Staff retention and recruitment is currently the greatest challenge facing employers, according to a new annual survey.
A quarter of all respondents (24 per cent) quoted “retention” and a fifth (20 per cent) stated “recruitment” as the greatest challenge to their business and the results highlight the need for employers to remain agile and connected to their workforce.
For this year’s HReSource survey respondents were asked to submit their insights across a wide variety of topical issues impacting the productivity and overall performance of their respective organisations. The objective was to understand the response to those challenges and informed views on immediate actions and priorities as they prepare for another difficult year.
The report also highlights the distinct shift in priorities of employers in the UK, notable when we contrast with findings from pre-pandemic surveys. HR professionals are at the sharp end of tackling the issues arising out of the mix of local, national, and global events. Unsurprisingly those reporting an increase in workload stand at 81 per cent with those stating a “significant rise in workload” increasing by 44 per cent over the 2018 survey.
Headline findings feature the highest-ranked priorities for 2023. Marked out of 10 the top “to do” with an average score of 8.4 was the establishing of effective Well-being programmes and at 7.8, investing in employees through initiatives to develop skills. Well-being and employee welfare concerns will be in recognition of the need to provide a workplace that employees can feel comfortable in and reflects the significant rise in reported mental health-related absences.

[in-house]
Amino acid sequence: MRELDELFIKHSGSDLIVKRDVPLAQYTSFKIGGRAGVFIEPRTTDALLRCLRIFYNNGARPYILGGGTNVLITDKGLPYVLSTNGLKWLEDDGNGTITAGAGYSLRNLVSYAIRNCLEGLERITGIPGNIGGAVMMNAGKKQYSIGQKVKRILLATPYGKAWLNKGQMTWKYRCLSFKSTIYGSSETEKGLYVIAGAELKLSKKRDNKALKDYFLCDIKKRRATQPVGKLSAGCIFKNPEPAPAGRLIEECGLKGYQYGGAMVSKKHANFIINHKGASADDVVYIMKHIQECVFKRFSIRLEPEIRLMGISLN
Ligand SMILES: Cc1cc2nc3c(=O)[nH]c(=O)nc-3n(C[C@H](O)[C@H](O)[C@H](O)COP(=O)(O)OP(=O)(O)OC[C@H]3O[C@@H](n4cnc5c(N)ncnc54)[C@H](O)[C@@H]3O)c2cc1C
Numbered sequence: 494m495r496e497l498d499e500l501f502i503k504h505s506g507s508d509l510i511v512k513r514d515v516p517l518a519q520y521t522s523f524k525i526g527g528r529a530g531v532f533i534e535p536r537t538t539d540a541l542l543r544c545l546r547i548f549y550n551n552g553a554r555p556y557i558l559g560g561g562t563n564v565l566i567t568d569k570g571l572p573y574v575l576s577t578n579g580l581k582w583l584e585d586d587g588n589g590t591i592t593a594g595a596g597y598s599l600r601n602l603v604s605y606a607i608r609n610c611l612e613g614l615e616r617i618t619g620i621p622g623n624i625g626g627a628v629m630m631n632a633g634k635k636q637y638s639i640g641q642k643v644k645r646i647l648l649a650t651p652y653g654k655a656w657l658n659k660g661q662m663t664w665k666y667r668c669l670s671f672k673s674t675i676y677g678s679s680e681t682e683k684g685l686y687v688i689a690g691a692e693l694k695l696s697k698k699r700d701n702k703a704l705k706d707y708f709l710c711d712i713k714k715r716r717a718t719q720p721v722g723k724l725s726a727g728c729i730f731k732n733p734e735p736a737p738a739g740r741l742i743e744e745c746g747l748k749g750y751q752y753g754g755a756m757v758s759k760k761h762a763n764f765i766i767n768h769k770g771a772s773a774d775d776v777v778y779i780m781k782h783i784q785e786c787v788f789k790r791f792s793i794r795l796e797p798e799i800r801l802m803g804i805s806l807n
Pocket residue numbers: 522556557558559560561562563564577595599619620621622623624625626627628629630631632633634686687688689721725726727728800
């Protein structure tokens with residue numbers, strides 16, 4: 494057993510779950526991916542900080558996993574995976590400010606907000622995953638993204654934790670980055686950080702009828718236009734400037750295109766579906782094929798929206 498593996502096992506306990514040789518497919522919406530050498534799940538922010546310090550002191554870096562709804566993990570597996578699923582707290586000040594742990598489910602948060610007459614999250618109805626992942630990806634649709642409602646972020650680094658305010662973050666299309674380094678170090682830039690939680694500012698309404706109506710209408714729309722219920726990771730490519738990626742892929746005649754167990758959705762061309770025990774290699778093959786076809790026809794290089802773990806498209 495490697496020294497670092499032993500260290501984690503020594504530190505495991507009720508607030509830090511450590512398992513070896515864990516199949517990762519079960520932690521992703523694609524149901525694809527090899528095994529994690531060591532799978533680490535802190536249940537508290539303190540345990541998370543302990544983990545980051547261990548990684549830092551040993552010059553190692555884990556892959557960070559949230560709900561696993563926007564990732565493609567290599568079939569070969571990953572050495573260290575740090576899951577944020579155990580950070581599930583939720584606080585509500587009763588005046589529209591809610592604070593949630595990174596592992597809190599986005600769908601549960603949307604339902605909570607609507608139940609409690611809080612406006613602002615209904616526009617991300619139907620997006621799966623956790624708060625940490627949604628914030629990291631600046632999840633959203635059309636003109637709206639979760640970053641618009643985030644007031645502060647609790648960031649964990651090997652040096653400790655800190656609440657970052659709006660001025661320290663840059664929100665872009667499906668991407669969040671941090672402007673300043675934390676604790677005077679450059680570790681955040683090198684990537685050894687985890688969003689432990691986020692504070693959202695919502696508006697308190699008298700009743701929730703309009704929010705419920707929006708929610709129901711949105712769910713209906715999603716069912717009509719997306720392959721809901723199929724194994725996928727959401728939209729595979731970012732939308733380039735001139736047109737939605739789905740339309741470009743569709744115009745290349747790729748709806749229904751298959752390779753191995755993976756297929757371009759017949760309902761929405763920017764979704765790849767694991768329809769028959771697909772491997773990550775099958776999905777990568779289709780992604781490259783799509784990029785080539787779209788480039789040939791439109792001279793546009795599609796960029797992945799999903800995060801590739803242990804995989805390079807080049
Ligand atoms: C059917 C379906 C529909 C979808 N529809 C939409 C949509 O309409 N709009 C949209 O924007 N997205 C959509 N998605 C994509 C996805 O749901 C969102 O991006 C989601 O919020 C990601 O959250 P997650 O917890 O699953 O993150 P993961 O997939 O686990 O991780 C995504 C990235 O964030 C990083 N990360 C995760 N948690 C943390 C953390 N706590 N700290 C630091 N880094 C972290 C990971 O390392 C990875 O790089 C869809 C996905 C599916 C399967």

These two outputs marry with the greatest challenge facing employers. A quarter of all respondents (24 per cent) quoted “Retention” and a fifth (20 per cent) stated “Recruitment”. These findings reflect the difficulties employers are having in retaining talent and subsequently resourcing appropriate replacements.
“Retention of staff will be our greatest challenge this year due to pay and working patterns for certain roles within the company,” said Julie Ouzman group HR director at Holdcroft Motor Group. “The opportunity will be to grow our own ‘apprenticeship scheme’ for technicians across the group.”
Ceri Mallon, HR manager at Everun, Belfast, said: “Retaining key employees as business grows is important to ensure that we keep experience and knowledge within the business as we onboard new employees.”
Innes Clark, head of Employment Law at Morton Fraser LLP, said: “It is very interesting to see that almost a quarter of respondents selected flexible working as the area of law they would like to have reviewed. Whilst the Government is due to implement reforms to this area it is unlikely that these will satisfy employers given that the proposed changes are largely employee rather than employer-friendly.”
David Laud of HReSource said of the findings: “Business owners need to move swiftly, adapt to remain resilient and deliver their plans. Those that succeed will be organisations that demonstrate agility and an ability to flex with the trends accelerated by recent world events.”
The answer may not be as simple as implementing a 4-day week however the HReSource survey strongly indicates that adopting attractive and innovative initiatives to engage with existing and future employees would be time and money well invested.